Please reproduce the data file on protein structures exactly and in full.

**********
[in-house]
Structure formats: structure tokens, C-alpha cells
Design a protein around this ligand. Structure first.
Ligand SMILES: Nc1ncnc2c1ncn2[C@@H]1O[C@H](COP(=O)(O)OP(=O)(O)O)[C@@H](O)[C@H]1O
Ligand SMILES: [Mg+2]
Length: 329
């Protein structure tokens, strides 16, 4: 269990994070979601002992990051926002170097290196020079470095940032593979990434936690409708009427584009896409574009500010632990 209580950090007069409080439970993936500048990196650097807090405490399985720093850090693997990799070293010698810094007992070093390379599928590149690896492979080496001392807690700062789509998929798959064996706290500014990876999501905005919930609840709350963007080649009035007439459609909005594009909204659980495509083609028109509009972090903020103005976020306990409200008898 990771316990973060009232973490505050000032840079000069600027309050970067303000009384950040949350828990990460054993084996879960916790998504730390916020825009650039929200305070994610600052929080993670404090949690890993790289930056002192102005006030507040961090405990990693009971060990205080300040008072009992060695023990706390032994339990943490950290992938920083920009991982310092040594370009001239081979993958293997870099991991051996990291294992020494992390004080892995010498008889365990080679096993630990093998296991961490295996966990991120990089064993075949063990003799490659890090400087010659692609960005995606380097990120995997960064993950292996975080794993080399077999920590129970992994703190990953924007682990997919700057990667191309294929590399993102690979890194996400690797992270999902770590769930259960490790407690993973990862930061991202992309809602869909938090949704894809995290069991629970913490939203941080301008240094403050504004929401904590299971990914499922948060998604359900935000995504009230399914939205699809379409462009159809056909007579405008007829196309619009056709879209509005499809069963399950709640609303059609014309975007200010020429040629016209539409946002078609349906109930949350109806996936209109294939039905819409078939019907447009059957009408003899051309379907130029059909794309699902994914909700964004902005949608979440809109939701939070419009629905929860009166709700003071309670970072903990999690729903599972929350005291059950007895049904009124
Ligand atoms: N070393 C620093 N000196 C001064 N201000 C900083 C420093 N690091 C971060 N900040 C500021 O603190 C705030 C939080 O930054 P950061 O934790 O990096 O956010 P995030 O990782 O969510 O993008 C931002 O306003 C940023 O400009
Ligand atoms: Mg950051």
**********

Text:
[in-house]
Structure formats: structure tokens, C-alpha cells
Design a protein around this ligand. Structure first.
Ligand SMILES: Nc1ncnc2c1ncn2[C@@H]1O[C@H](COP(=O)(O)OP(=O)(O)O)[C@@H](O)[C@H]1O
Ligand SMILES: [Mg+2]
Length: 329
């Protein structure tokens, strides 16, 4: 269990994070979601002992990051926002170097290196020079470095940032593979990434936690409708009427584009896409574009500010632990 209580950090007069409080439970993936500048990196650097807090405490399985720093850090693997990799070293010698810094007992070093390379599928590149690896492979080496001392807690700062789509998929798959064996706290500014990876999501905005919930609840709350963007080649009035007439459609909005594009909204659980495509083609028109509009972090903020103005976020306990409200008898 990771316990973060009232973490505050000032840079000069600027309050970067303000009384950040949350828990990460054993084996879960916790998504730390916020825009650039929200305070994610600052929080993670404090949690890993790289930056002192102005006030507040961090405990990693009971060990205080300040008072009992060695023990706390032994339990943490950290992938920083920009991982310092040594370009001239081979993958293997870099991991051996990291294992020494992390004080892995010498008889365990080679096993630990093998296991961490295996966990991120990089064993075949063990003799490659890090400087010659692609960005995606380097990120995997960064993950292996975080794993080399077999920590129970992994703190990953924007682990997919700057990667191309294929590399993102690979890194996400690797992270999902770590769930259960490790407690993973990862930061991202992309809602869909938090949704894809995290069991629970913490939203941080301008240094403050504004929401904590299971990914499922948060998604359900935000995504009230399914939205699809379409462009159809056909007579405008007829196309619009056709879209509005499809069963399950709640609303059609014309975007200010020429040629016209539409946002078609349906109930949350109806996936209109294939039905819409078939019907447009059957009408003899051309379907130029059909794309699902994914909700964004902005949608979440809109939701939070419009629905929860009166709700003071309670970072903990999690729903599972929350005291059950007895049904009124
Ligand atoms: N070393 C620093 N000196 C001064 N201000 C900083 C420093 N690091 C971060 N900040 C500021 O603190 C705030 C939080 O930054 P950061 O934790 O990096 O956010 P995030 O990782 O969510 O993008 C931002 O306003 C940023 O400009
Ligand atoms: Mg950051």